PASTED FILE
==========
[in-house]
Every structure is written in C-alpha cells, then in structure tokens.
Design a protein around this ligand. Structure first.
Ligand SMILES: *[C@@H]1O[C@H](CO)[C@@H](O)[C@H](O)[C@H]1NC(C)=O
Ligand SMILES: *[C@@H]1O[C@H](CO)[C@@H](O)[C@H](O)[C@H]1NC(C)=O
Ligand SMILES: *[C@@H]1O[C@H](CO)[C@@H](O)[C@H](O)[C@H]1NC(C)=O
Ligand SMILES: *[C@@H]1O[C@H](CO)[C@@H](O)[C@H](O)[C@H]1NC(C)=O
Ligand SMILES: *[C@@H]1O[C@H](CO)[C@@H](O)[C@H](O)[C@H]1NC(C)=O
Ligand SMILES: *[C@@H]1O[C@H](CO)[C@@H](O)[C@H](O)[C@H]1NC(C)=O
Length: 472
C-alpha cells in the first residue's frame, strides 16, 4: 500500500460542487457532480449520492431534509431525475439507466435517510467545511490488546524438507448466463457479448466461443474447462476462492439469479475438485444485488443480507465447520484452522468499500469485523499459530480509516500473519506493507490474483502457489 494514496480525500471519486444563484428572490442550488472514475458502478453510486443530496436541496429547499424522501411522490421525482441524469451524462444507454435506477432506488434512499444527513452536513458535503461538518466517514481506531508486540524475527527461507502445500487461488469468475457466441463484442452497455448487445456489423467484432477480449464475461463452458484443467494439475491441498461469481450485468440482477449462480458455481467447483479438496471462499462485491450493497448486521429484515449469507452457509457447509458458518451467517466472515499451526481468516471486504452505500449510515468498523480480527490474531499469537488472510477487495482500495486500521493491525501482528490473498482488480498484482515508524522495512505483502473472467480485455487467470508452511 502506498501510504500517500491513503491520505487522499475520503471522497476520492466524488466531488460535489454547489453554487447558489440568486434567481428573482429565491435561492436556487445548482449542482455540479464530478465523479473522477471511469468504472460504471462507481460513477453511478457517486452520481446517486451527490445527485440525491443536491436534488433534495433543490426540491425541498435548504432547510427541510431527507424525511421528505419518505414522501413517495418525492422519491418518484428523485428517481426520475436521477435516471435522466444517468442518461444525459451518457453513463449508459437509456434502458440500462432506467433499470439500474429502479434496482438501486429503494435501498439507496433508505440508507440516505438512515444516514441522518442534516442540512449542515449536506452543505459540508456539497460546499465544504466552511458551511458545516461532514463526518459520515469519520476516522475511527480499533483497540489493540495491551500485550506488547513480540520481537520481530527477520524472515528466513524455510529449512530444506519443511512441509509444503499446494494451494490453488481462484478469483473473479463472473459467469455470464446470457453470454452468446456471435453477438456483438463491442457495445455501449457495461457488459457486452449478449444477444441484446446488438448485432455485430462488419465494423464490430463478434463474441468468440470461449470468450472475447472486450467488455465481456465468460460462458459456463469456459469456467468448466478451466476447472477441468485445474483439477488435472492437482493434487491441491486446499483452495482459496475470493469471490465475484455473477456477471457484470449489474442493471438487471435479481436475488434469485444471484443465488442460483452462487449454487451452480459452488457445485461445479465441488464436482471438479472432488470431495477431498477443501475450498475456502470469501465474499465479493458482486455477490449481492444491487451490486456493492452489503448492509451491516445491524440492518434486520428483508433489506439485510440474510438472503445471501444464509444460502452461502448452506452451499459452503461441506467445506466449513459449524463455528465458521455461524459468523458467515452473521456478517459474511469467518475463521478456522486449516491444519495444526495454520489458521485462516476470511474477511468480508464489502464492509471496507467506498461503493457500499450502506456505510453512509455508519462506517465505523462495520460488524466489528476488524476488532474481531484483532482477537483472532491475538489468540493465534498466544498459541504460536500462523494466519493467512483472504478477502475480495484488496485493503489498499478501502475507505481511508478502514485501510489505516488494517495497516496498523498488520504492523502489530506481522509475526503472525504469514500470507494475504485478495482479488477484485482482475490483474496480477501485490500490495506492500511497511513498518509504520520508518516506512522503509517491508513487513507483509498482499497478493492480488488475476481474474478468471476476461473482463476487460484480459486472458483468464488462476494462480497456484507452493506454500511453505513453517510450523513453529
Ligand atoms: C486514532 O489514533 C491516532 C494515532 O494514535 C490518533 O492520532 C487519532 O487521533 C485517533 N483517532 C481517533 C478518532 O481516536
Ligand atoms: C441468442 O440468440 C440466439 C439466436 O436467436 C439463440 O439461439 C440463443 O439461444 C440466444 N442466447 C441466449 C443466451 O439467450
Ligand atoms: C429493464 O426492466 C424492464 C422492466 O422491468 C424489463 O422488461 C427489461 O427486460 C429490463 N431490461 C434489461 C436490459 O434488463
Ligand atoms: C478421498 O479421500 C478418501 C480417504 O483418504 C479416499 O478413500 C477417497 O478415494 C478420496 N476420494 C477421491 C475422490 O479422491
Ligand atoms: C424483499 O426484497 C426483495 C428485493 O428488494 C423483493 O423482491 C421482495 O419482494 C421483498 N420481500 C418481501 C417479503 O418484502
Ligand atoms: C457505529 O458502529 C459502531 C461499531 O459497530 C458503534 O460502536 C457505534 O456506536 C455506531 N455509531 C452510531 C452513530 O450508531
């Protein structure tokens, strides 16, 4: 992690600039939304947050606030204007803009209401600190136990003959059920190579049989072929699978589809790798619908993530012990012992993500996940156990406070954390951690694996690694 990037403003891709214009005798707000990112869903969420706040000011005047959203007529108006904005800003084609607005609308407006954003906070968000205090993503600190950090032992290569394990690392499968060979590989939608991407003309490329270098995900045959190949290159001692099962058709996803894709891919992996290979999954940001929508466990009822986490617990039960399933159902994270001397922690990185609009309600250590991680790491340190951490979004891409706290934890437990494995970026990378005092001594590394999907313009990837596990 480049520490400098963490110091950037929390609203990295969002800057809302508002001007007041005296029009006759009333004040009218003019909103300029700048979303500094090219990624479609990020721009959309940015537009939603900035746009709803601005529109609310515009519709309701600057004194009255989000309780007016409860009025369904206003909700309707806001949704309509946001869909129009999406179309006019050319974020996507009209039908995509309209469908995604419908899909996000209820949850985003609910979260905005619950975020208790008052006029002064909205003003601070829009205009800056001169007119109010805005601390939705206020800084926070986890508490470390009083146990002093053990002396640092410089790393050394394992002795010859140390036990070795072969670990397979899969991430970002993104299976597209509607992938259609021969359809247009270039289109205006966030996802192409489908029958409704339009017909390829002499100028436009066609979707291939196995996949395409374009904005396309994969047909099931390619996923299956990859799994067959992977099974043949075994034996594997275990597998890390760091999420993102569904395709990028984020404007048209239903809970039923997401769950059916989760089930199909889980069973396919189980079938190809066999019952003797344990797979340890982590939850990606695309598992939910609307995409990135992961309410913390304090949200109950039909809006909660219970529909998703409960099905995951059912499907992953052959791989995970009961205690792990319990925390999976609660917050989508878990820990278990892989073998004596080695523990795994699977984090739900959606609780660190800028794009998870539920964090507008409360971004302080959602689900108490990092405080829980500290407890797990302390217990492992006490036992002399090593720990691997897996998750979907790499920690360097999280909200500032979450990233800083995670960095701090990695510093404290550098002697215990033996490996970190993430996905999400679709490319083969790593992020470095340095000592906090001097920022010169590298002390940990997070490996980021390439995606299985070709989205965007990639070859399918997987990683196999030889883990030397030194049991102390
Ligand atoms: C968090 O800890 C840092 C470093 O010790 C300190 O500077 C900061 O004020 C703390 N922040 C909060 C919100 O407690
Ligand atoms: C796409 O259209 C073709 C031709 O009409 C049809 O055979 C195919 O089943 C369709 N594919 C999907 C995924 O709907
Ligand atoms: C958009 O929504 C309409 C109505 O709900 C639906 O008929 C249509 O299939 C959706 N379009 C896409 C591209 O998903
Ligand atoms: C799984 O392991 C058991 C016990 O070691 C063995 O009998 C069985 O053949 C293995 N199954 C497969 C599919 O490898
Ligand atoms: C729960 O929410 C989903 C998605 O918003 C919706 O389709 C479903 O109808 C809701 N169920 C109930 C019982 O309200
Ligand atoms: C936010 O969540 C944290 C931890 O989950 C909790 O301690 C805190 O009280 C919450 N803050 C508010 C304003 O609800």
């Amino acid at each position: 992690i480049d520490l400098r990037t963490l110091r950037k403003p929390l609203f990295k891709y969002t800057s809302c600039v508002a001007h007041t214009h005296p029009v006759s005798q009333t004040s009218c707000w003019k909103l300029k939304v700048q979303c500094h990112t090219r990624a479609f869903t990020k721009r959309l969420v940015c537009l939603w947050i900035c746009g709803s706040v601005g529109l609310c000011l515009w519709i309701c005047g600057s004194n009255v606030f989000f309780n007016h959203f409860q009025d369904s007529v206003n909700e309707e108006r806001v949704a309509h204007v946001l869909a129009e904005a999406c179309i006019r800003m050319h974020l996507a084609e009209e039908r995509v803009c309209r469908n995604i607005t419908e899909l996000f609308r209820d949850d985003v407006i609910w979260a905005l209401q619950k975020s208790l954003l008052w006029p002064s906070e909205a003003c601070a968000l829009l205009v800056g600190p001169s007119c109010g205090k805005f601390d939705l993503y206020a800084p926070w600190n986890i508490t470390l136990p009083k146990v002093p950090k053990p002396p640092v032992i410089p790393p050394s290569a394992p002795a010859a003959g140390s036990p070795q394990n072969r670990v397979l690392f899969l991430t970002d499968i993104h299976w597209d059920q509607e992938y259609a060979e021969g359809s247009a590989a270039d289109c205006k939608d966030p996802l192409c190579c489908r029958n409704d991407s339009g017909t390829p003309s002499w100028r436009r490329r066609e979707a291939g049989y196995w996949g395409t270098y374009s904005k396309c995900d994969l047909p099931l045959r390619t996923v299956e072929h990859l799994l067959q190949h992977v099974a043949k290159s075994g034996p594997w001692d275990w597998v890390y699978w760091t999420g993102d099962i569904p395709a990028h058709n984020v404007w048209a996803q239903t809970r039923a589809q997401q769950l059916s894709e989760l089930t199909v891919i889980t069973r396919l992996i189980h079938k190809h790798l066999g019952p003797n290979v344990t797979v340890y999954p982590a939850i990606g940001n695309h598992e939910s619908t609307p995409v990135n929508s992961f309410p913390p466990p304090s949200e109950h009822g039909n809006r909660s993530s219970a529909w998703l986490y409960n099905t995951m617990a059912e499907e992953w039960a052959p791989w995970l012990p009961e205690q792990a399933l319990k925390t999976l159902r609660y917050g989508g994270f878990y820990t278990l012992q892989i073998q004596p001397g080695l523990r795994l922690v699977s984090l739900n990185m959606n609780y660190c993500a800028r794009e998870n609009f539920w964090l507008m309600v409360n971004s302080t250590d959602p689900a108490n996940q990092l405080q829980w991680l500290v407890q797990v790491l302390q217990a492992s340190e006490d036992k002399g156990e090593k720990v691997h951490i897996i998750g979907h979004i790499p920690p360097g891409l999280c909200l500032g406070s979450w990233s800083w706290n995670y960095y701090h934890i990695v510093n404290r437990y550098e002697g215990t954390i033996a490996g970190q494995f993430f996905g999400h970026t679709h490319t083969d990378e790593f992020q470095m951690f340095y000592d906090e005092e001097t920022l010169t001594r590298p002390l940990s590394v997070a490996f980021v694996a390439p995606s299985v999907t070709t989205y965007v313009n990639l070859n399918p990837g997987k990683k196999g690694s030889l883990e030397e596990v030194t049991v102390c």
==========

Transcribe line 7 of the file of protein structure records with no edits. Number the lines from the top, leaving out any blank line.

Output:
Ligand SMILES: *[C@@H]1O[C@H](CO)[C@@H](O)[C@H](O)[C@H]1NC(C)=O